Fans of Korean dramas are familiar with the many tropes that characterize that particular genre of storytelling. One of the most common involves the mother of a young woman who goes to see a shaman for help with her (typically) career-oriented daughter who just does not seem to want to find a husband. The daughter is perceived to have an abrasive and disagreeable personality and is quickly ageing out of what her mother deems “marriageable age.” The mother visits a shaman or a fortuneteller to beg for news on prospective marriages that may be on the horizon, or to ask what she can do to “fix” her wayward daughter. The shaman prescribes a cure, to which the daughter unhappily submits, even though she is a modern woman who no longer believes in shamanistic rituals. Despite her modern misgivings, she is likely a filial daughter, but even if she is not, her mother is not above blackmail or bullying, so there is no point in resisting (although there is usually some form of light protest). This is typically followed by a series of comically disastrous blind dates (set up, undoubtedly, by the mother), which result in a temporary estrangement between the two. Reconciliation occurs only when a romance develops between the daughter and (presumably) the only male on earth her mother finds unsuitable for one reason or another (usually economic, but sometimes related to some other type of status), as the mother will not remain silent in the face of the “ruin” of their family.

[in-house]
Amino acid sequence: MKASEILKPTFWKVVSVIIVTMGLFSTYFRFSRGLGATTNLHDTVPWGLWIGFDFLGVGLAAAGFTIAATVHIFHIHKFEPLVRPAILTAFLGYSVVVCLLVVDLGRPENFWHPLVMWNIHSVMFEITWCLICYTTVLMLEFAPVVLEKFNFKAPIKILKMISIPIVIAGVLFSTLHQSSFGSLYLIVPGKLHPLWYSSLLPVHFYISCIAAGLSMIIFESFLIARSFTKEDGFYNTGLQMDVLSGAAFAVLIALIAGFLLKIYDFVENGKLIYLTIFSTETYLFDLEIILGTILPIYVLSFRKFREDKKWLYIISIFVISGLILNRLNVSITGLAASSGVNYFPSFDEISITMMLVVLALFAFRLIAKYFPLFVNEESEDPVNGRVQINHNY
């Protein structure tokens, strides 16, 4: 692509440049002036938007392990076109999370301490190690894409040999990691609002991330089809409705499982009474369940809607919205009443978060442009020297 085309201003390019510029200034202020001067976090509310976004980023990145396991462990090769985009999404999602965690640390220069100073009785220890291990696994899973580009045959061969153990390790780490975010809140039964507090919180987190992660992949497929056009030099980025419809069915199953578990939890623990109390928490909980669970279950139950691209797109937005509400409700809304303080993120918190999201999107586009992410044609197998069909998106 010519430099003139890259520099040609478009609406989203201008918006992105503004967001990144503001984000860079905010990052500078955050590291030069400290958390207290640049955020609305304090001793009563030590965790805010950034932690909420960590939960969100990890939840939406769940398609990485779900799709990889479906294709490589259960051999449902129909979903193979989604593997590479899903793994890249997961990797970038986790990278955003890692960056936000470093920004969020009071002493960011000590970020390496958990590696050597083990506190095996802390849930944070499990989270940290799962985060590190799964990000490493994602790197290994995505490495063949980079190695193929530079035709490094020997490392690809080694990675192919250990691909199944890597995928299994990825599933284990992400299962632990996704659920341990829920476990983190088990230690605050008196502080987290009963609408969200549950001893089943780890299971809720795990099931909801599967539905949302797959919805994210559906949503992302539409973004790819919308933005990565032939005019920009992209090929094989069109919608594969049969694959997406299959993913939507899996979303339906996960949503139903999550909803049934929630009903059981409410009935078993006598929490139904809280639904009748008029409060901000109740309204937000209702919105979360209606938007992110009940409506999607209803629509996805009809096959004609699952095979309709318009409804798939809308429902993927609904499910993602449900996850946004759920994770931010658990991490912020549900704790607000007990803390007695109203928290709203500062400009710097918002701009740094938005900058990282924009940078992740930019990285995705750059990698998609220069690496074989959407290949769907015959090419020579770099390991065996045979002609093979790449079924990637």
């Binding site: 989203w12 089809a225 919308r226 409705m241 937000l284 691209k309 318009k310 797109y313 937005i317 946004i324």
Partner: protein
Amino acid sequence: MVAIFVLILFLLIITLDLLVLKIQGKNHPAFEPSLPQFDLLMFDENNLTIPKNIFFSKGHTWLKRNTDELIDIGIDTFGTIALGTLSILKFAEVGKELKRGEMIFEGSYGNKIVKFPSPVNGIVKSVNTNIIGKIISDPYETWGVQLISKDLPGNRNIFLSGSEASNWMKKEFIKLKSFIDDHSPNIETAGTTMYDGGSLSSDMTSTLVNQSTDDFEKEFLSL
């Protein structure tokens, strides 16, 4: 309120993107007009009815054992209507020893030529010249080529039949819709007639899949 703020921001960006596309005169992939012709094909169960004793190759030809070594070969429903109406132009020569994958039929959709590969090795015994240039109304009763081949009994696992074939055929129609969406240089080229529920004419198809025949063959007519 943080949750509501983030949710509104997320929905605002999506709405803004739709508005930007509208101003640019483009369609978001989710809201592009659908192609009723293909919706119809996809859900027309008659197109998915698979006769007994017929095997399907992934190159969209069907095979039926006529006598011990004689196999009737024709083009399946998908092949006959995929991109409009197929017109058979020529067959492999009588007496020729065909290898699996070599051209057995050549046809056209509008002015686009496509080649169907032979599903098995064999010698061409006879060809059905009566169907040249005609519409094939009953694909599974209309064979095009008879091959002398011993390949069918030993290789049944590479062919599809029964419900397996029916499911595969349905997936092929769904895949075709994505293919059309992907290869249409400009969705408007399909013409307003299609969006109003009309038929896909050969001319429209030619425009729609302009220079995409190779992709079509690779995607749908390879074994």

However, the audience already knows that the mother will eventually accept the unsuitable male, if only because he is her daughter’s “last hope”, though it is also standard that he actually had the aforementioned wealth and status all along. This information will only be revealed to the mother at the last minute (as this is what generally drives the narrative), though the audience likely knew about it the whole time. By the end, they all realize that everything the shaman initially predicted came true, though not necessarily the way they wanted or expected. This story has variants, of course. Sometimes the mother is visiting the shaman for a wayward son, for example. In this variant, the son may also be career-driven, but his inability to find a partner is almost never regarded as the result of his disagreeable or abrasive personality, even in cases when he actually is decidedly both disagreeable and abrasive. Sometimes it is the girlfriend or the boyfriend visiting the shaman for their partner, though in this variant, the shaman is more likely to predict or uncover something unexpected. In one memorable drama, for example, a goblin who remembers all of his past lives, portrayed by the highly regarded actor, Gong Yoo, goes to a shaman with his (much younger) wife. The shaman proceeds to tell him about his past lives, but not the ones he remembers. Rather, she describes several of Gong’s previous roles. While the characters all scoff at her supposedly “incorrect” readings, the audience is aware that the shaman has been right all along. Importantly, regardless of the angle the drama takes, the shaman, though often used as a comedic interjection into the story, is always correct in the end.